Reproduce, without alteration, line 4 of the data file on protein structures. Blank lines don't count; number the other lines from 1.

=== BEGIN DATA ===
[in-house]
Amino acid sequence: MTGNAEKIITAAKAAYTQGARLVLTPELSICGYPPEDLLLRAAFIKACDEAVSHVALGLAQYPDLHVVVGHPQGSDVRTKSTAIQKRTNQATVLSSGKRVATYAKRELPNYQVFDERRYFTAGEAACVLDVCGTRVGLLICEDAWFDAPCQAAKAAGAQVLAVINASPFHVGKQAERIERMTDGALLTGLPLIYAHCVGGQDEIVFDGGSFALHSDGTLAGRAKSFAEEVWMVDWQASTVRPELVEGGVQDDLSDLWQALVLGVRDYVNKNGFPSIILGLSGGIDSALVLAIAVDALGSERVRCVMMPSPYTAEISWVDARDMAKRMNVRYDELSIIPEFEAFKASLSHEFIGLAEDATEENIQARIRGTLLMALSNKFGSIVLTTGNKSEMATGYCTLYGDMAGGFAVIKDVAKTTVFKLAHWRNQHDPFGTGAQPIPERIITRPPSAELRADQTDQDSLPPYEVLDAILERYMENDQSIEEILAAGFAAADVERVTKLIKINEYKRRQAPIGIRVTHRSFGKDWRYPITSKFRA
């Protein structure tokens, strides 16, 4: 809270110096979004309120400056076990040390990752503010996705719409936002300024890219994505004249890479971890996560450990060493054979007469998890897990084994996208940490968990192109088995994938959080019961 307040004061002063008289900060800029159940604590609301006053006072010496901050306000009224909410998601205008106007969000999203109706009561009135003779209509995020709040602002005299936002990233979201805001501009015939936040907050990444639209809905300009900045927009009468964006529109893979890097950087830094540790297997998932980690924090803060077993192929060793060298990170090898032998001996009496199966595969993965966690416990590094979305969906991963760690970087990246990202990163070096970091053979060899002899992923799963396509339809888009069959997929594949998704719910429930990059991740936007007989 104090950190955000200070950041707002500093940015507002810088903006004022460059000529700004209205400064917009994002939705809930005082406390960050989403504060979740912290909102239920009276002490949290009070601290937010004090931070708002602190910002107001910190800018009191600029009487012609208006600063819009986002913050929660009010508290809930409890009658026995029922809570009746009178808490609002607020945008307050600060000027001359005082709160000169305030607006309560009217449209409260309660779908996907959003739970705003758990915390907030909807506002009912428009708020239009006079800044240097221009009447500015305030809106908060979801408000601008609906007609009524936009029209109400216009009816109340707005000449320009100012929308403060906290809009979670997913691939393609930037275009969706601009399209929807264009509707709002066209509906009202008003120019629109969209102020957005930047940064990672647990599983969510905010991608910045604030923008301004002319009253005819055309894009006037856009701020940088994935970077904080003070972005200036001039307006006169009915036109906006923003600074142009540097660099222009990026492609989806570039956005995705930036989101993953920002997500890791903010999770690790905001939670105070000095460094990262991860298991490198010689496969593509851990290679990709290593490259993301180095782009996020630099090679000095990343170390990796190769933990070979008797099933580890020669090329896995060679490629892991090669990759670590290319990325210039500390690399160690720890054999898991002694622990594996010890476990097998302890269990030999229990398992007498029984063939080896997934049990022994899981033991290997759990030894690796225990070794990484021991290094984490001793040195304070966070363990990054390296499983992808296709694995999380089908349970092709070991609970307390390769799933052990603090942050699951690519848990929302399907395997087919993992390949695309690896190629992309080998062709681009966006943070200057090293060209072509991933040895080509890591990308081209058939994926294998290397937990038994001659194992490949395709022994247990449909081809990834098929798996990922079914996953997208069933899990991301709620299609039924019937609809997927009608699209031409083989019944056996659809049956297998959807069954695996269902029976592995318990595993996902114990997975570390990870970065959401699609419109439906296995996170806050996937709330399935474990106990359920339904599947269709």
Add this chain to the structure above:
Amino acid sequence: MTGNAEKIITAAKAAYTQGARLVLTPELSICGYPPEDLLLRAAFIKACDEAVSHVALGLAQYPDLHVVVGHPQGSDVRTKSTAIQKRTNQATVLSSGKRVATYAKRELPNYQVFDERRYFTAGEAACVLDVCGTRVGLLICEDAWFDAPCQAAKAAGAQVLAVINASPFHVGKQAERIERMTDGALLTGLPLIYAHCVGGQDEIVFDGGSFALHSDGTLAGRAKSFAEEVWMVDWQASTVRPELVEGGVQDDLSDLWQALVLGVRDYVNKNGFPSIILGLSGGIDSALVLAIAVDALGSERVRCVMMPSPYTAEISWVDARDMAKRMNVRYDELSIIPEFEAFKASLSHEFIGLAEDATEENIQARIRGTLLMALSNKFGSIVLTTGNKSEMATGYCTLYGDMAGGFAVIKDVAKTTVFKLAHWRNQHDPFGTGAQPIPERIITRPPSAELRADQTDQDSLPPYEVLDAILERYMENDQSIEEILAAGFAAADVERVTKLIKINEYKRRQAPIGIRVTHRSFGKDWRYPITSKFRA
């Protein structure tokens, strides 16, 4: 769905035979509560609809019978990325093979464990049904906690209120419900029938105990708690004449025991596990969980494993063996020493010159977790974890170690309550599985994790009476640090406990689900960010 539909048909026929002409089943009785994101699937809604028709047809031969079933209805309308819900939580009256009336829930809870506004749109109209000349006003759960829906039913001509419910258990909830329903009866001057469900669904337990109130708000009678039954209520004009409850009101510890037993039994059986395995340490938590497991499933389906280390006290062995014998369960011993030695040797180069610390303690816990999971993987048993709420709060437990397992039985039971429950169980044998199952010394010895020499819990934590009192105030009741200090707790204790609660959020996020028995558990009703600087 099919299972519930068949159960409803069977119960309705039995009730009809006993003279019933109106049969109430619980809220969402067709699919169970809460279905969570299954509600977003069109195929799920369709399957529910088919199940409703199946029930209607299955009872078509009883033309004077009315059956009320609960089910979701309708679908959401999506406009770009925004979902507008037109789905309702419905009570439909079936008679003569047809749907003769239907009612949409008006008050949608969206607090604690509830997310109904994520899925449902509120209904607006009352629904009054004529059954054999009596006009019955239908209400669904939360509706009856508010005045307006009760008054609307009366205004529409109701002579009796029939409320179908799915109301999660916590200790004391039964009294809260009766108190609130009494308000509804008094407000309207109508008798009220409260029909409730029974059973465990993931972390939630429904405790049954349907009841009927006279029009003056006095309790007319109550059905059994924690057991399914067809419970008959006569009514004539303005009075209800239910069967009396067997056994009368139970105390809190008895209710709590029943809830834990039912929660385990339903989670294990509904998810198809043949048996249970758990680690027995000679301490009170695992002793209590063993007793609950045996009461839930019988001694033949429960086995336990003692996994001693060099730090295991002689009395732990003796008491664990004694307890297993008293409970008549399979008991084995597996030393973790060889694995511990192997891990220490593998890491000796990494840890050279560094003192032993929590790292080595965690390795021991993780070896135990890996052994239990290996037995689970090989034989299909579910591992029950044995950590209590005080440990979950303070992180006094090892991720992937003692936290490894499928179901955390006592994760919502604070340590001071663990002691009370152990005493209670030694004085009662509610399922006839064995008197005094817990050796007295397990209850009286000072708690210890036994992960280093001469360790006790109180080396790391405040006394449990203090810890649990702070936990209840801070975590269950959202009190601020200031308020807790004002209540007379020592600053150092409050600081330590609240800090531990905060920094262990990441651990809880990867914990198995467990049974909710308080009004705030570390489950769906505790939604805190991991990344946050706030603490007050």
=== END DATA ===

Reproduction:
Add this chain to the structure above: